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Ok, so I have a bunch of test_xx and validate_xx files that I want to execute in the following way:

./path/test_01 | ./server | ./path/validate_01

./path/test_02 | ./server | ./path/validate_02

... And so on.

Now then, I want to create a run_all script that will locate all of these other scripts and run them all in this way.

I can use the following code to find and execute only, for example, test_01:

find ./*/ -name test_01 -exec {} \;

So, I have two problems:

  1. (Important!) How can I make bash execute the more complicated line above, with piping and two unknown directories to search for? I can only find how to execute a single command.

  2. (Less important, but still an issue...) What would be the best way to loop this script, so that it executes all test/validate scripts in the directory, then stops? The scripts are currently named test_01, test_02, ..., test_26 (and similarly for validate_xx) - but I want to script to still work, without changing, if I add test_27 etc.

share|improve this question
    
Try this one: find . -name "test_*" | xargs -i sh -c '{} | ./server | echo {} | sed 's/test_/validate_/' ' – Davide Berra Jan 7 '13 at 10:40
up vote 1 down vote accepted

If they don't span multiple directories, you don't need to use find:

for test in path/test*; do $test | ./server | ${test/test/validate}; done

BTW, useful tidbit: ${a/b/c} syntax says: take value of variable a, and replace b with c.

If you do need find, then you can wrap redirection inside a shell script:

find dir -exec sh -c '... | ... | ...' \;

EDIT: in a bit more detail,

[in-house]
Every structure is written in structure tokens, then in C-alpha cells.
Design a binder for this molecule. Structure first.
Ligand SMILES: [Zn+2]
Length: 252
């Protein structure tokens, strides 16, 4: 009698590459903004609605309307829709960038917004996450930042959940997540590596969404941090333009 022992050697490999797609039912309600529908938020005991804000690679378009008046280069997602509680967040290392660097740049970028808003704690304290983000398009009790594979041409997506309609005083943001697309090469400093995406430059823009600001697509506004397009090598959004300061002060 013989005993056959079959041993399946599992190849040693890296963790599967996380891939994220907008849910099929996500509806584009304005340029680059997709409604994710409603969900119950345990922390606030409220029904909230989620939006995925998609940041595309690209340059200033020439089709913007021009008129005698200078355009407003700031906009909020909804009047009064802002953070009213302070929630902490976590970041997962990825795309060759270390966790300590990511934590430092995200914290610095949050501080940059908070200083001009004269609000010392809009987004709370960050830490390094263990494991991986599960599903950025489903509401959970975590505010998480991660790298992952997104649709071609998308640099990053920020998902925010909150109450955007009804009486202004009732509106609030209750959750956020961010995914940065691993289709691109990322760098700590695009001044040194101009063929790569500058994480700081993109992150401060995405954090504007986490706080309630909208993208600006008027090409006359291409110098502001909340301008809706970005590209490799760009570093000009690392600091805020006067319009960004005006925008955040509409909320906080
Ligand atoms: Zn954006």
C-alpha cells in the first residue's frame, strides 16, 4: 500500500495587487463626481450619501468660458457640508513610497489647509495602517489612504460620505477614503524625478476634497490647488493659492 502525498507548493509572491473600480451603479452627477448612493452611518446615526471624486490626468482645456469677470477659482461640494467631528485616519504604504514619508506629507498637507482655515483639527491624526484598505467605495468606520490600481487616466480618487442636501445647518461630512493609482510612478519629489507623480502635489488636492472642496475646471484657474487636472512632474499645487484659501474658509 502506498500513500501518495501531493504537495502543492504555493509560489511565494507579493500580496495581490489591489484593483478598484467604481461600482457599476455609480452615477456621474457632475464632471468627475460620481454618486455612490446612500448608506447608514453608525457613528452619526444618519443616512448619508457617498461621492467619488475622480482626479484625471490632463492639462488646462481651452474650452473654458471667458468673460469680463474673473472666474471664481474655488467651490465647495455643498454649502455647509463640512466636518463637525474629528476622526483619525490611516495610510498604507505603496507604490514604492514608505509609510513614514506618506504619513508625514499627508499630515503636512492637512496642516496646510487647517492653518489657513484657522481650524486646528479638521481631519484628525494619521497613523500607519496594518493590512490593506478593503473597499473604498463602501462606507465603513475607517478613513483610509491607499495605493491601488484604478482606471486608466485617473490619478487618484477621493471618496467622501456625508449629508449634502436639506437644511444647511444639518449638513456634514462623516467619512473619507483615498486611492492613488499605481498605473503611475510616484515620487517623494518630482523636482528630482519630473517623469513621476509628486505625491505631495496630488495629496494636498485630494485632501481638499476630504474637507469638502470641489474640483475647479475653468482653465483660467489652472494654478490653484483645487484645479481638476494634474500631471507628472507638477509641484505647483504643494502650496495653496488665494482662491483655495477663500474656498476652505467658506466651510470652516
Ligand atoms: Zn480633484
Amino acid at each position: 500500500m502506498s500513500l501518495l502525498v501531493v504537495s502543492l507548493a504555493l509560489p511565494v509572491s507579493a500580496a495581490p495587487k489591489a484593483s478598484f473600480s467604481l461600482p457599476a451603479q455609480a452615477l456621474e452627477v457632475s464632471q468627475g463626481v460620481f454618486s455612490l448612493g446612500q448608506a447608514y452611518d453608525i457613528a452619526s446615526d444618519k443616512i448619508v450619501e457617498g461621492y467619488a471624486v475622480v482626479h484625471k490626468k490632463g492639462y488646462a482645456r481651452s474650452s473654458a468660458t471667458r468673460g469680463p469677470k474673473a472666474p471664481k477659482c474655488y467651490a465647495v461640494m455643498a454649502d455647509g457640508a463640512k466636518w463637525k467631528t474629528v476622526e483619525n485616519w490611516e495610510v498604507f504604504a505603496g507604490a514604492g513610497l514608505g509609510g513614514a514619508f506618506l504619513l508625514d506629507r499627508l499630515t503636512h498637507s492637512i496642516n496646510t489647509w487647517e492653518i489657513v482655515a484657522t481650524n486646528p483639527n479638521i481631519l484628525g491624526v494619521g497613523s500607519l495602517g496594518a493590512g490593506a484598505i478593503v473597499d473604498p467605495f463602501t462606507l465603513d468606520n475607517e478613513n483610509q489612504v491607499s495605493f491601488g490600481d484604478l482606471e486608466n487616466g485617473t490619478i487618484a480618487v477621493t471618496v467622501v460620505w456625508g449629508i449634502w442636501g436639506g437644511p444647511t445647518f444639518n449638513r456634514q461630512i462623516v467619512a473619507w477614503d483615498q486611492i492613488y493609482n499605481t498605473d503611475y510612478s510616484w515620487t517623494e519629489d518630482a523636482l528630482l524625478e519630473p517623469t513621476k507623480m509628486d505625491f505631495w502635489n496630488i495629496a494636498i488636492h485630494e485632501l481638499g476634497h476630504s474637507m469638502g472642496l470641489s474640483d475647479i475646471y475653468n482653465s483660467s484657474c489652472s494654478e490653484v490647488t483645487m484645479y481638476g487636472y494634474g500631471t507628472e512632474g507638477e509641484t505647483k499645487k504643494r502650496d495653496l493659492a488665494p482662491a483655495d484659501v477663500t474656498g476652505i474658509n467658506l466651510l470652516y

find . -name test\* -exec sh -c '
  test={}
  validate=${test/test/validate}
  $test | ./server | $validate
' \;
share|improve this answer
    
Tests are stored in different folders, so I do need to use find -- sorry, I should have been clearer there. (However, each test_xx script is in the same folder as its corresponding validation_xx script -- so it's probably possible to use some shortcut here) The relevant bit of code now looks like this: (starting with i="1") find ./*/ -name test_0$i -exec sh -c '{} | ./server' ...Which works, so it seems I'm on the right track. But how to incorporate validate_01? Hmm... – Tom Lord Jan 7 '13 at 10:29
    
@TomLord: Okay, I believe this should do the trick. No need for an explicit loop, find itself is all the loop you need. – Amadan Jan 7 '13 at 10:35
    
Thank you!! The "EDIT" you added above works perfectly, and without the need for any indexing variables like I was attempting. I'll come back and upvote your response once I've been on this site long enough for it to allow me to, haha! – Tom Lord Jan 7 '13 at 11:13
    
Your use of find is broken here if any files contain whitespace or embedded semicolons. Also, the invocation is broken if the script exists in a directory with spaces. It should be: find . -name 'test*' -exec sh -c '"$1" | ./server | "${1/test/validate}"' _ {} ';' – Josh Cartwright Jan 7 '13 at 14:05
    
@JoshCartwright: In general case, yes. I was trusting the OP that his files were test_## and validate_##, which do not necessitate quotage. I guess that part of the answer was tailor-made for the question. – Amadan Jan 7 '13 at 15:08

Use a for loop. For example, you can loop over the tests and extract the number from them via Parameter expansion:

for test in ./path/test_[0-9][0-9] ; do
    "$test" | ./server | ./path/validate_${test: -2}
done
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